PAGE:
It’s not as unthinkable as some of us will want to believe. Too often, as the right has descended into tribalistic incoherence, the rest of us have underestimated the crazy, baselessly reassuring ourselves that they’ll go this far, but surely no further. And too often, we’ve been wrong. Maybe it’s time to abandon baseless reassurance. Maybe it’s time to take crazy at face value.

Will there be blood? Here’s a better question:

Will you honestly be surprised if there is?

 

By: Leonard Pitts, Jr., Columnist for The Miami Herald; The National Memo, May 11, 2016

May 12, 2016 Posted by | Donald Trump, Trump Supporters, Violence | , , , , , , , , | Leave a comment

“Behind Trump, The GOP Really Is Becoming The Racist Party”: It’s Time For The GOP Leaders To Make It Clear Where They Stand

Let me offer some friendly advice to the Republican Party that I learned firsthand as a Muslim American: You don’t want to be defined by your most extreme members. And here’s a little more advice. The longer the GOP leadership remains silent as Donald Trump garners increasing support from white supremacist organizations, the more likely the GOP will become known as the party of racists.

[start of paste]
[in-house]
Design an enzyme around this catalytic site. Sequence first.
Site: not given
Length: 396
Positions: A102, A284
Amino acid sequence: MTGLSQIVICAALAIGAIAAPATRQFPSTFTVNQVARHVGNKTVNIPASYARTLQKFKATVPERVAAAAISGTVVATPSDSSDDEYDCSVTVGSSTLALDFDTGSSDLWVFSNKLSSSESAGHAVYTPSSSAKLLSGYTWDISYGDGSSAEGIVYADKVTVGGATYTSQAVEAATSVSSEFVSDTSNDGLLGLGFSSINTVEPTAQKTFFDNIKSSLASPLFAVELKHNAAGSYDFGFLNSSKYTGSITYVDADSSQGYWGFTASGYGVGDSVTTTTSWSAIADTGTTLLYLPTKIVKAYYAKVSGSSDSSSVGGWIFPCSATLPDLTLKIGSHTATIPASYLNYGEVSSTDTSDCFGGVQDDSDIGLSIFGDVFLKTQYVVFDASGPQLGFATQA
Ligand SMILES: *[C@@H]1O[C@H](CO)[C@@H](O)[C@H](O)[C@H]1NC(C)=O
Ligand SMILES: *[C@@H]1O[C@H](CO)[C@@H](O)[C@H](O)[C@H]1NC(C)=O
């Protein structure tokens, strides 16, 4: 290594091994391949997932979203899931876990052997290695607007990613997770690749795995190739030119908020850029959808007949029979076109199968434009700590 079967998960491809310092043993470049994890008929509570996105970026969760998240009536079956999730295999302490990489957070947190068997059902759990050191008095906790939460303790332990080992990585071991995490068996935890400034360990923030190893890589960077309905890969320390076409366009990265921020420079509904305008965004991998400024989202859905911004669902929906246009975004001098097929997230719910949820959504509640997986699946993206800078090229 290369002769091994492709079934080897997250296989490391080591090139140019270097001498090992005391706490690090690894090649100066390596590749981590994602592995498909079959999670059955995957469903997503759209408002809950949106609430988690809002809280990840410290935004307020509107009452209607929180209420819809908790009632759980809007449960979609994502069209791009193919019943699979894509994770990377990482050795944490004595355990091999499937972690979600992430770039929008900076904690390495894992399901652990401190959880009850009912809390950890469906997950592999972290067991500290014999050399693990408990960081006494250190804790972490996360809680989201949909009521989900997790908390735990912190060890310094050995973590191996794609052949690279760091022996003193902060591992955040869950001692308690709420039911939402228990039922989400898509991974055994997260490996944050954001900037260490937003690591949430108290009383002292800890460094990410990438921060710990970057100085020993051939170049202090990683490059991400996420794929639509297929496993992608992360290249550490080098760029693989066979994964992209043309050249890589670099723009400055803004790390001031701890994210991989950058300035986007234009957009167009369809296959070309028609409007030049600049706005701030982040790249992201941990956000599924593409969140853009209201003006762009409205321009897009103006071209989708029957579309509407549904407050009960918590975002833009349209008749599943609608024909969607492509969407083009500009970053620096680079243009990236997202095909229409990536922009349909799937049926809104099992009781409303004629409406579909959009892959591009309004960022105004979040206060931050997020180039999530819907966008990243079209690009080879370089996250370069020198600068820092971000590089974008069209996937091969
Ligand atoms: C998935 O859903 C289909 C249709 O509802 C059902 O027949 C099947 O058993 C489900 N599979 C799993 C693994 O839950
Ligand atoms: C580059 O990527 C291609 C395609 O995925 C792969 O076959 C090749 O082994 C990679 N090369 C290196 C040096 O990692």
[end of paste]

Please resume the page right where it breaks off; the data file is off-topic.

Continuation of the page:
I know, some of my progressive friends will say that’s already the case. But that’s not fair. Sure, there are racists drawn to the GOP, just like we have seen psychopaths attracted to Islam. I’m sure not all Republicans are racists and I bet some are even disgusted by bigotry.

We are, however, seeing a bone-chilling attraction to Trump by white nationalist groups. It’s almost like they view Trump’s candidacy as their last stand against the changing demographics of America. He’s become the poster child for their philosophy that “White Lives Matter More.”

For example, just last week David Duke, the former Grand Wizard of the Ku Klux, publicly praised Trump as the best Republican candidate in the 2016 field because he “understands the real sentiment of America.” Duke applauded Trump’s views on immigration that call for mass deportation of families, saying that Trump is ”speaking out on this greatest immediate threat to the American people.”

Trump’s tepid response to Duke’s glowing praise was troubling to say the least: “I certainly wouldn’t want his endorsement. I don’t need anyone’s endorsement.” When pressed by a reporter to repudiate Duke, Trump responded, “Sure, I would if that would make you feel better.”

As the Southern Poverty Law Center’s Mark Potok explained Saturday on my SiriusXM radio show, this response by Trump was “incredibly weak,” noting that Trump “barely repudiated” Duke. Potok explained that as opposed to Trump saying I’ll condemn Duke if it will “make you feel better,” he should’ve made it unequivocally clear he finds Duke’s views despicable and doesn’t want Duke or his white supremacist followers’ support in any way.

In fact, in 2000, when Trump was considering running for president with a new political organization called the Reform Party, the billionaire publicly stated he wanted nothing to do with the party after he learned that Duke was a part of it. But now, with Trump actually running for president, he’s far less vocal in denouncing Duke.